If you have been unsuccessful in settling your personal injury claims, you may be considering whether to proceed with taking your claims to court. Filing a lawsuit can lead to a favorable resolution of your claims, but it may require some sacrifice. Your personal injury lawyer in Rogers can tell you that you will have to give up a certain amount of privacy once you bring your claims to court. But your attorney will make sure that certain lines are not crossed.
Lawsuits mean a certain loss of privacy
The reality is, anytime you file a lawsuit in court you will necessarily lose a certain amount of privacy. The attorney who is representing the person you sued will have the right to ask you certain questions that may seem intrusive and irrelevant. For example, they can insist that you turn over your employment records, financial records, and medical records. While that seems like an invasion of your privacy, it is usually part of the process. There are limitations, however, which your personal injury lawyer in Rogers can make sure are enforced.
Issues involving lifestyle choices
It is not uncommon for an attorney defending a personal injury claim to use anything they can to criticize you or make you look bad. Anything that would possibly be derogatory will be used to affect the jury’s perception of you. So, things like your marital status or your career choice, for instance, may become an issue. Put another way, an exotic dancer may have more trouble than a school teacher when it comes to invasion into their privacy. Unfortunately, even if your job is perfectly legal, a defense attorney may still use that fact in an effort to turn the jury against you. The easiest way to combat this tactic is by carefully selecting your mode of dress and portraying your demeanor in a way that shows you are honest, upstanding and likable.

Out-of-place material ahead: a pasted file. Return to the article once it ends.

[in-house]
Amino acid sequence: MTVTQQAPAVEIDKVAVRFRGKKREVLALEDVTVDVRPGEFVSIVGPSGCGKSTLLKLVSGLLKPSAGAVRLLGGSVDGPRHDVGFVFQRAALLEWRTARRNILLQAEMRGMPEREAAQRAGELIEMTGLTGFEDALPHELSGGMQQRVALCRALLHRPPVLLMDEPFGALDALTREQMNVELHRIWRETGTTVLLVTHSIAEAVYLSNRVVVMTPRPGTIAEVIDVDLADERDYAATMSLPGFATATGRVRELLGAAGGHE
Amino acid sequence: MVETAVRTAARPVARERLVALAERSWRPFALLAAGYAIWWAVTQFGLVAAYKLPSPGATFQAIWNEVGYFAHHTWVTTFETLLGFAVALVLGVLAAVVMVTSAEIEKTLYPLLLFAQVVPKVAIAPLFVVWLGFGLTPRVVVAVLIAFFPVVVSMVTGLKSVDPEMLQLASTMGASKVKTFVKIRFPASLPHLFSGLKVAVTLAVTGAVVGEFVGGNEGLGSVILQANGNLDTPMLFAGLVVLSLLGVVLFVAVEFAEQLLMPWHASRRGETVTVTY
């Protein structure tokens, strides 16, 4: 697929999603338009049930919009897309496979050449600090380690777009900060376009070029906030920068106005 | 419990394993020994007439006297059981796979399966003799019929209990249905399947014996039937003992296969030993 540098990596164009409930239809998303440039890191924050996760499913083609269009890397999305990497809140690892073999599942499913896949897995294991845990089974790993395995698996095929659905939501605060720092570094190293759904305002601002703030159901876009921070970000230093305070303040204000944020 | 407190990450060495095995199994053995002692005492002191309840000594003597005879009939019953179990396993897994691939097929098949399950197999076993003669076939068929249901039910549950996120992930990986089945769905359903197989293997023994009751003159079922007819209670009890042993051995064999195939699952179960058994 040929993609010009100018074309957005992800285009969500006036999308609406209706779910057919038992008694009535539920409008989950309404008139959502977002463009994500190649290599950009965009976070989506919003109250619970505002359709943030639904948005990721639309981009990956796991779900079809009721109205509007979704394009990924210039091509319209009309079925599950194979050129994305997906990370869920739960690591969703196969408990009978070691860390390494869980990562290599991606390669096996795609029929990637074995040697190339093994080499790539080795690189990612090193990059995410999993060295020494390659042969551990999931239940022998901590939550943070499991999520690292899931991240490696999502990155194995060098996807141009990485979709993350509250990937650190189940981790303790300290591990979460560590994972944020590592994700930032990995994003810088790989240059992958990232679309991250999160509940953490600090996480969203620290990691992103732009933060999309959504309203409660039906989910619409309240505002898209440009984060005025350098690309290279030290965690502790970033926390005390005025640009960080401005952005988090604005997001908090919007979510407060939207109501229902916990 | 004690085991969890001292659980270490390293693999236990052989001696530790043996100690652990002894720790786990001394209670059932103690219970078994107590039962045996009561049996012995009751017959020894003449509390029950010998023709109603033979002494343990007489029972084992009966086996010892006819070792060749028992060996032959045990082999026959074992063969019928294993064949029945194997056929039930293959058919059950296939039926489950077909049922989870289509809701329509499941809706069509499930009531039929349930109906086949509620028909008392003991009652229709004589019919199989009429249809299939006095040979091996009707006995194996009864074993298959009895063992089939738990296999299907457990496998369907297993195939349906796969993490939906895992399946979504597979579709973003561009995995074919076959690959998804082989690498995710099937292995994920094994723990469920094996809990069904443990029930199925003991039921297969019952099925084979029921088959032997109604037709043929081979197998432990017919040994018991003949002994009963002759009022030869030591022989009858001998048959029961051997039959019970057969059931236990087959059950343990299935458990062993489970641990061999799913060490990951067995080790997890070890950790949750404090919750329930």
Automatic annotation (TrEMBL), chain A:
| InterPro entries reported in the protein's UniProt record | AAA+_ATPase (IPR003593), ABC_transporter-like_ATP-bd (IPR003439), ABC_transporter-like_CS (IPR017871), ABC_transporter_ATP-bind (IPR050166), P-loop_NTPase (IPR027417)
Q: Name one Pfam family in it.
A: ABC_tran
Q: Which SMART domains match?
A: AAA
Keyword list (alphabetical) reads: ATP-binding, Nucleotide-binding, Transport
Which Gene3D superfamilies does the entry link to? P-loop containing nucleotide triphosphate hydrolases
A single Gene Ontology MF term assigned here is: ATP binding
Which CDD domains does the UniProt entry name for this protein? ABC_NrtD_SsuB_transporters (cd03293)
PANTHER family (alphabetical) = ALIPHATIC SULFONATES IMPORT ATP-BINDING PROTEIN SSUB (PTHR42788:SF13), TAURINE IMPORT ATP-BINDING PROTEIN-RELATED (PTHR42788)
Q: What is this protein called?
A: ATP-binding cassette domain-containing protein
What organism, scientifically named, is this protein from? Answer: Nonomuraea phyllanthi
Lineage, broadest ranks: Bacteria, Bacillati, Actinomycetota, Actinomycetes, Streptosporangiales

Beware the private investigator
In some cases, especially when the nature and extent of injuries are at issue, defense attorneys will hire private investigators to engage in surveillance in the hopes of proving you are faking or exaggerating your injuries. That is a common defense in personal injury cases that the injuries are not what the victim claims them to be. In order to prove that defense, they must obtain some type of evidence. So, you may find a private investigator parked outside your home or work, watching and recording you in an effort to show you are not being truthful about your injuries. So, it is necessary to avoid any behavior that might be construed as contradictory to your testimony.
The dangers of social media during litigation
There may be no need to send a private investigator out to spy on you. In many cases, social media provides all the ammunition a defense attorney would need. The wisest thing to do, once you have filed a personal injury lawsuit, is to stay away from your social media outlets until it is all over. The comments and pictures that you post on Facebook, for instance, can very easily be misconstrued as evidence that contradicts the legal claims you have made in your lawsuit. What most people don’t realize, a defense attorney doesn’t need to trick you into “friending” them. They can simply ask a judge to subpoena your Facebook information or to order you to provide access.
Loss of privacy is usually a small price to pay
Despite the feeling of being violated and the potential embarrassment, the possibility of winning a substantial settlement makes it worth the discomfort. In most cases, clients do not actually have anything terribly embarrassing to hide. The bottom line is, if you have been injured through no fault of your own, you should never let minor privacy concerns like these stand in the way of recovery. With your personal injury lawyer in Rogers representing you throughout the litigation process, you can make it through with little embarrassment and discomfort, in order to recover the damages to which you are entitled.
If you have questions regarding lawsuits or any other personal injury concerns in Arkansas or Missouri, please contact the Cottrell Law Office for a consultation, either online or by calling us as (888) 433-4861.
He is licensed to practice law in the United States District Court for the District of Kansas, eastern Arkansas, western Arkansas, and western Missouri. He was Deputy Prosecuting Attorney in Crawford County, Kansas from 1987-1989.
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